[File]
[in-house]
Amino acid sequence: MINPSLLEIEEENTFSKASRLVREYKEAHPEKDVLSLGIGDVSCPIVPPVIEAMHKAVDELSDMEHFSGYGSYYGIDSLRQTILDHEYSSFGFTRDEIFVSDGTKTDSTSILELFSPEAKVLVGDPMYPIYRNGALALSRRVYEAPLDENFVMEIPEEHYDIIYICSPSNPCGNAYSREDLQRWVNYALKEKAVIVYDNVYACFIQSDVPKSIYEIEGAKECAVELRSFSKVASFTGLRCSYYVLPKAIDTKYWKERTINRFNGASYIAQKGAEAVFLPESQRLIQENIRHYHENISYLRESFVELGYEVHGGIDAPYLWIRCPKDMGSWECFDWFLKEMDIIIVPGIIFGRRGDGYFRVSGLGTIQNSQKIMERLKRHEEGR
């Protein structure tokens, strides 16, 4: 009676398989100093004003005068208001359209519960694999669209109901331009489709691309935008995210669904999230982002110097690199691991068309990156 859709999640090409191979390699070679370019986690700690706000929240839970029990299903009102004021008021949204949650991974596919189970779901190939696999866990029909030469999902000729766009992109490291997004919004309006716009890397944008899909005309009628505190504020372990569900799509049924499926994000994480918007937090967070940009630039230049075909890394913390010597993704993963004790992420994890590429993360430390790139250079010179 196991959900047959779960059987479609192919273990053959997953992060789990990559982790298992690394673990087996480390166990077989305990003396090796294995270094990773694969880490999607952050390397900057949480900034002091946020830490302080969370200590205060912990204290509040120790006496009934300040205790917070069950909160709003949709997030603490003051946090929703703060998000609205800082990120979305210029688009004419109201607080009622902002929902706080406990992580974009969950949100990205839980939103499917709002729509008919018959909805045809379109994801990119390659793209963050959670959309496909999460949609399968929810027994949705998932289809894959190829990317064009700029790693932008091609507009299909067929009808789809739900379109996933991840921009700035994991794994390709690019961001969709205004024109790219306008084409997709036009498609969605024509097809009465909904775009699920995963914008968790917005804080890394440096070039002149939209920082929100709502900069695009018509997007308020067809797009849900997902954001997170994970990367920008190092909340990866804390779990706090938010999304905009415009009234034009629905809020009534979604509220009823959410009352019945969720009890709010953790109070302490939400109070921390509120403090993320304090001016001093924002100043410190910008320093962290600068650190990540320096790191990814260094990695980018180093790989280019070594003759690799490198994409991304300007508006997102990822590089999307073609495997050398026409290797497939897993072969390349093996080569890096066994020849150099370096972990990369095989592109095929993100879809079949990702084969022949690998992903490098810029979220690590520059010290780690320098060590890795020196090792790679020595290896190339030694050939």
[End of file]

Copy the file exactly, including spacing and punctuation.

[in-house]
Amino acid sequence: MINPSLLEIEEENTFSKASRLVREYKEAHPEKDVLSLGIGDVSCPIVPPVIEAMHKAVDELSDMEHFSGYGSYYGIDSLRQTILDHEYSSFGFTRDEIFVSDGTKTDSTSILELFSPEAKVLVGDPMYPIYRNGALALSRRVYEAPLDENFVMEIPEEHYDIIYICSPSNPCGNAYSREDLQRWVNYALKEKAVIVYDNVYACFIQSDVPKSIYEIEGAKECAVELRSFSKVASFTGLRCSYYVLPKAIDTKYWKERTINRFNGASYIAQKGAEAVFLPESQRLIQENIRHYHENISYLRESFVELGYEVHGGIDAPYLWIRCPKDMGSWECFDWFLKEMDIIIVPGIIFGRRGDGYFRVSGLGTIQNSQKIMERLKRHEEGR
């Protein structure tokens, strides 16, 4: 009676398989100093004003005068208001359209519960694999669209109901331009489709691309935008995210669904999230982002110097690199691991068309990156 859709999640090409191979390699070679370019986690700690706000929240839970029990299903009102004021008021949204949650991974596919189970779901190939696999866990029909030469999902000729766009992109490291997004919004309006716009890397944008899909005309009628505190504020372990569900799509049924499926994000994480918007937090967070940009630039230049075909890394913390010597993704993963004790992420994890590429993360430390790139250079010179 196991959900047959779960059987479609192919273990053959997953992060789990990559982790298992690394673990087996480390166990077989305990003396090796294995270094990773694969880490999607952050390397900057949480900034002091946020830490302080969370200590205060912990204290509040120790006496009934300040205790917070069950909160709003949709997030603490003051946090929703703060998000609205800082990120979305210029688009004419109201607080009622902002929902706080406990992580974009969950949100990205839980939103499917709002729509008919018959909805045809379109994801990119390659793209963050959670959309496909999460949609399968929810027994949705998932289809894959190829990317064009700029790693932008091609507009299909067929009808789809739900379109996933991840921009700035994991794994390709690019961001969709205004024109790219306008084409997709036009498609969605024509097809009465909904775009699920995963914008968790917005804080890394440096070039002149939209920082929100709502900069695009018509997007308020067809797009849900997902954001997170994970990367920008190092909340990866804390779990706090938010999304905009415009009234034009629905809020009534979604509220009823959410009352019945969720009890709010953790109070302490939400109070921390509120403090993320304090001016001093924002100043410190910008320093962290600068650190990540320096790191990814260094990695980018180093790989280019070594003759690799490198994409991304300007508006997102990822590089999307073609495997050398026409290797497939897993072969390349093996080569890096066994020849150099370096972990990369095989592109095929993100879809079949990702084969022949690998992903490098810029979220690590520059010290780690320098060590890795020196090792790679020595290896190339030694050939």